However, they aren’t just located in those areas with the greatest concentrations. They are located across England and Wales as the chart below shows.
Update: here’s the historic trend from previous Censuses.
London has seen the greatest decrease in the number of household spaces with no usual residents since 1981 while Wales & the South West have consistently had the largest proportion with no usual residents.
Most regions have actually seen an increase in proportion since 2001, suggesting that changes in how we consume housing (including more second homes) and difficulties in bringing some of this stock back into use may mean that the 1 million homes can’t play a significant part of the solution to the ‘housing crisis’.
Mortgage rates for new borrowers haven’t fallen as sharply as suggested by the new products on the market but this might hide a move towards higher loan-to-value mortgages
No of cash buyers holds at 315k per annum but increase in mortgage dependent buyers causes % to fall
Inequality & the housing market
I am one of the lucky ones; I rent a slightly damp two bed flat with my wife and 18-month-old son but, through a combination of savings and help from our parents, we’ve managed to put together a deposit that is almost two times our joint annual income and currently have a family home under offer. Thanks to Funding for Lending it will cost the same to pay the mortgage on our 3-bed house as the rent on our cramped 2-bed flat.
There is clearly something wrong with a housing market where owner-occupation is designed as the preferred tenure but requires such substantial up-front investment to enter. For those first time buyers who can raise a sufficient deposit, they are still dependent on high levels of debt while the remainder are left to fight it out in the private rented sector or worry about falling benefits and if they have too many bedrooms.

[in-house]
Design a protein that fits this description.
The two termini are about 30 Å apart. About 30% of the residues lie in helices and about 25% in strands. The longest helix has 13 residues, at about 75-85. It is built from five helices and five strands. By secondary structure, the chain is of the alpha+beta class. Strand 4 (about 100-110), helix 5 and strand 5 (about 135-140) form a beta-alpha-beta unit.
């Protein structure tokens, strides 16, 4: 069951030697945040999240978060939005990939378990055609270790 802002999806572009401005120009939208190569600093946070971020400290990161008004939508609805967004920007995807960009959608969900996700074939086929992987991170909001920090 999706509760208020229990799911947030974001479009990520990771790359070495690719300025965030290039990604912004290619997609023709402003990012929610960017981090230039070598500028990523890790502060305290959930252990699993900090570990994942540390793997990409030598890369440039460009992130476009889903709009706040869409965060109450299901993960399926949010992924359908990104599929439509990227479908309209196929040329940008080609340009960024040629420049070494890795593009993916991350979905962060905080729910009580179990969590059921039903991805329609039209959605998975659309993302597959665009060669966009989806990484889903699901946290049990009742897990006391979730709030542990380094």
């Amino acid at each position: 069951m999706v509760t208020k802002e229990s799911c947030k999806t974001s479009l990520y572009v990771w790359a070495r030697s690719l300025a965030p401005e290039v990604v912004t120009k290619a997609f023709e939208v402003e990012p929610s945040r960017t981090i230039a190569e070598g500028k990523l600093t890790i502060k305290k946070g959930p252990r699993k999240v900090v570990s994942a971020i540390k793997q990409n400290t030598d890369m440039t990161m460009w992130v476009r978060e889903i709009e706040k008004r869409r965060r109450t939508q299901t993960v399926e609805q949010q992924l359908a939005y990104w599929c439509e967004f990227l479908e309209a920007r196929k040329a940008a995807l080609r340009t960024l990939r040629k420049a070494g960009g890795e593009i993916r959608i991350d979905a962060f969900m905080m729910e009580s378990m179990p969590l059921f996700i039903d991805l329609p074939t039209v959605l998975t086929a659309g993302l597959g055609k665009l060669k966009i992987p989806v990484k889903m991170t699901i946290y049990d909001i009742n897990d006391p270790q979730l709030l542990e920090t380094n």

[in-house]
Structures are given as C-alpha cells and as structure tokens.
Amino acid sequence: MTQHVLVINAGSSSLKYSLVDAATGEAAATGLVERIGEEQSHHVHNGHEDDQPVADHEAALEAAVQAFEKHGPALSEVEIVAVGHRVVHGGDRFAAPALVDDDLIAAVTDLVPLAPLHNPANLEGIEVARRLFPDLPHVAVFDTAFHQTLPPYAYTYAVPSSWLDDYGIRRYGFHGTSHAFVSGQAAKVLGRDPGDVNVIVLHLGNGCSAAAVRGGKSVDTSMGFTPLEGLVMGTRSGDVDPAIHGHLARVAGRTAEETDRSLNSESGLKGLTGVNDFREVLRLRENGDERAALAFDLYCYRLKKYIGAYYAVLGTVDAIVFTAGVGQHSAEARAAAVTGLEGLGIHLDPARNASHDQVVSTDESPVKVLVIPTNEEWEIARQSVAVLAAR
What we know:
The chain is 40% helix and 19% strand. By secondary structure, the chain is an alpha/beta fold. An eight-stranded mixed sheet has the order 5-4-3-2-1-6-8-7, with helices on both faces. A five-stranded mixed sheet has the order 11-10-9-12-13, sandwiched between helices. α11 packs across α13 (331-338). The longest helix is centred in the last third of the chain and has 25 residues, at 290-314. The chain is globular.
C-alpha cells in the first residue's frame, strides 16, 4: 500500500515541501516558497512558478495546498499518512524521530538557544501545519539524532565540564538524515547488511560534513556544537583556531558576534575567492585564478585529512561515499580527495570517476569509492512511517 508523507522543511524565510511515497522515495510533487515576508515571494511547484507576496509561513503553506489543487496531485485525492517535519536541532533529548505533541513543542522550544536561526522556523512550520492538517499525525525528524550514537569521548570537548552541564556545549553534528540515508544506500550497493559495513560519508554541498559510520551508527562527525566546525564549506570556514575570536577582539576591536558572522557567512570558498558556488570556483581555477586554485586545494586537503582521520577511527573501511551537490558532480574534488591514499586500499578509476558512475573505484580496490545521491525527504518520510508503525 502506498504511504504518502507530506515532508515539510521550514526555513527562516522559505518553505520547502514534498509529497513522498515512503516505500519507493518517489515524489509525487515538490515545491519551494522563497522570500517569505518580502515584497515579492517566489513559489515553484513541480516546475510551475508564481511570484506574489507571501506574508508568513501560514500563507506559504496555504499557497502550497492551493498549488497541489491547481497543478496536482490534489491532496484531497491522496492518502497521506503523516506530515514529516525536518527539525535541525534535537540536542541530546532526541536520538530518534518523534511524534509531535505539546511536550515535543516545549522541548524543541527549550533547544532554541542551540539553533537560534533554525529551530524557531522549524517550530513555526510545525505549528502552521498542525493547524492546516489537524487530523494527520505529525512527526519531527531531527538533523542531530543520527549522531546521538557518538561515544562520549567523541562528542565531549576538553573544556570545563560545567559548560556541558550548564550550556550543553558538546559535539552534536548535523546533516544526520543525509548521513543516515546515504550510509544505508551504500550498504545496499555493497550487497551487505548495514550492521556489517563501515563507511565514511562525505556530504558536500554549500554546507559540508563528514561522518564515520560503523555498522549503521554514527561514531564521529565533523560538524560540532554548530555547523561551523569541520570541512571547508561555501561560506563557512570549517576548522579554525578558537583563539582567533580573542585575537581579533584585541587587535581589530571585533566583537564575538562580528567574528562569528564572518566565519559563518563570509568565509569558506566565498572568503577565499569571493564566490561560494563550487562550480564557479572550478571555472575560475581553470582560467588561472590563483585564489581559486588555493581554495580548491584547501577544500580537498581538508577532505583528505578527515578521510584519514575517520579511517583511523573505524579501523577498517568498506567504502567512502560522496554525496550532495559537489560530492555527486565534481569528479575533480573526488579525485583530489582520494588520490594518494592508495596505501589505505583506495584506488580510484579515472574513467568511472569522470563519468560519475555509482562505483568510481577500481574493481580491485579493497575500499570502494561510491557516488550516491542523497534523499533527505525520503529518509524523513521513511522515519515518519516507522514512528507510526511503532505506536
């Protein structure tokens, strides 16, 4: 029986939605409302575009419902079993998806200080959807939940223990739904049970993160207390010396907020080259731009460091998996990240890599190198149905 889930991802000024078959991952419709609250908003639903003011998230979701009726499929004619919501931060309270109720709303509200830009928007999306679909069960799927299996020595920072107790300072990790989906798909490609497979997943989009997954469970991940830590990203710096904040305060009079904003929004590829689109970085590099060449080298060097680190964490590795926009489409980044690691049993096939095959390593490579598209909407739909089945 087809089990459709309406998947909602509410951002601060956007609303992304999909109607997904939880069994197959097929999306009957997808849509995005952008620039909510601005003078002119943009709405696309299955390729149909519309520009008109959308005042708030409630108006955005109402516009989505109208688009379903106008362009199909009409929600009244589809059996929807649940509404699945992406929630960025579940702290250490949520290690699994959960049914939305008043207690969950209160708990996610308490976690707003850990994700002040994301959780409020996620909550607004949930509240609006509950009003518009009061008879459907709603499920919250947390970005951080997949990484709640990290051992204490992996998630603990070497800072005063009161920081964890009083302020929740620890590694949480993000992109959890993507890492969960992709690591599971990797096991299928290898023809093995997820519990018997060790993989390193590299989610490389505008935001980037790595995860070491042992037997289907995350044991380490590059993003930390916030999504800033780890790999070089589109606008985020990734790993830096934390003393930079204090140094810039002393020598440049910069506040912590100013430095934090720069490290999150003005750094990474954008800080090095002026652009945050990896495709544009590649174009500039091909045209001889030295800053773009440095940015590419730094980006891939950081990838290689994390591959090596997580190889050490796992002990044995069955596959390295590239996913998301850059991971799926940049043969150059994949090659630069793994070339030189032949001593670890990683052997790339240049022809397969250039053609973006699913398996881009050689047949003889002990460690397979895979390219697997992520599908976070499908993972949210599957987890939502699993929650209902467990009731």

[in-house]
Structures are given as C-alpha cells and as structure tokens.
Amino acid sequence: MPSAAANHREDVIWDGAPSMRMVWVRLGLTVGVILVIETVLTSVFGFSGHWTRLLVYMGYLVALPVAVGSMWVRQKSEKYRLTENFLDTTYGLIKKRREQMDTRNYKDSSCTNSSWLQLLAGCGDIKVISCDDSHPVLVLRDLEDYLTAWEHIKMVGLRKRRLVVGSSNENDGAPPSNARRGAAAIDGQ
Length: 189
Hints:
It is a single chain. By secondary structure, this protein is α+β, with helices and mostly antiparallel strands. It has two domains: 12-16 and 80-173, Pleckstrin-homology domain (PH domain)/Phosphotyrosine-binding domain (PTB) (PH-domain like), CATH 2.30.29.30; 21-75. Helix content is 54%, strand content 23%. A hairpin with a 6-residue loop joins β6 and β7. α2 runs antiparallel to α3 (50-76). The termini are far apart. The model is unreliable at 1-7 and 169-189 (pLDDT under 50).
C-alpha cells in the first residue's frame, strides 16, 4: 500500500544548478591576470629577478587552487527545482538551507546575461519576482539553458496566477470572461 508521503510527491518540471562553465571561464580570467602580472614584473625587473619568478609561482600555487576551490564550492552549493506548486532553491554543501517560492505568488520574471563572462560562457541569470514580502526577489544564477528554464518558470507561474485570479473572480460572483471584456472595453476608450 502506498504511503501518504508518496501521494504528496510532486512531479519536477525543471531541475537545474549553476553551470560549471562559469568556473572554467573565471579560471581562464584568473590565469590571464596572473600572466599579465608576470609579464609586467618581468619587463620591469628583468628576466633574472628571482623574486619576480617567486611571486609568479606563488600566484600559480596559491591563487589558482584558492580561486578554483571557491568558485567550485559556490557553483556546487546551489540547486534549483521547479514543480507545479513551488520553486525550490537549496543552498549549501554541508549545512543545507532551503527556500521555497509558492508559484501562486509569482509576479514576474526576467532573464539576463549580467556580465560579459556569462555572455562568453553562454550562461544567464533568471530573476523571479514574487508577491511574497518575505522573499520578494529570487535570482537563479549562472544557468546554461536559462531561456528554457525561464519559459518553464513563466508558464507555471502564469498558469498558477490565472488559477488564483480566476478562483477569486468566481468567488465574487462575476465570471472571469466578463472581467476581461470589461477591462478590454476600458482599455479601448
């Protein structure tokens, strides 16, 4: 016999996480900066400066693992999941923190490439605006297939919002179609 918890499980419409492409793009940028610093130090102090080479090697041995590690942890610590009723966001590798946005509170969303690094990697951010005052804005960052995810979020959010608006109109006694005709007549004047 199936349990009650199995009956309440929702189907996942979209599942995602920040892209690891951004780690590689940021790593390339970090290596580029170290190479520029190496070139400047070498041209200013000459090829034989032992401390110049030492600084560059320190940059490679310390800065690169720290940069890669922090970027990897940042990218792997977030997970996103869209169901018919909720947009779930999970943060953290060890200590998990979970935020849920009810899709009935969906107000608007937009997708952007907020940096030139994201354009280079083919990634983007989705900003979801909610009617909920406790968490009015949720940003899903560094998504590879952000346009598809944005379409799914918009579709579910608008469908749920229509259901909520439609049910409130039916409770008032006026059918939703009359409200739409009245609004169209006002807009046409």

So what is the problem?
The underlying problem facing the market is quite simply that house prices are far too expensive when measured against income and I’m going to explain why this has happened.
To do this, we need to go back in time and understand what actually happened during the bubble. Following the early 1990’s crash, house prices were actually relatively affordable and so, as the economic recovery took place, prices also began to recover back towards their long term average of 2.5 times income (which unsurprisingly is also the level at which most new mortgage lending took place).
That initial house-price growth also coincided with a global compression in interest rates. As rates fell, this enabled lenders to increase the amount they were lending to borrowers while maintaining debt-servicing affordability. From here, a feedback loop emerged where increasing house prices and increased competition in the mortgage market thanks to deregulation and securitisation drove loan-to-income ratios higher and higher until the music stopped in 2007/08.
Throughout this period of increasing house prices and debt levels; we remained fixated on the affordability of our monthly repayment costs (further eased in many cases by interest only mortgages). Unfortunately we failed to fully appreciate a simple mathematical truth: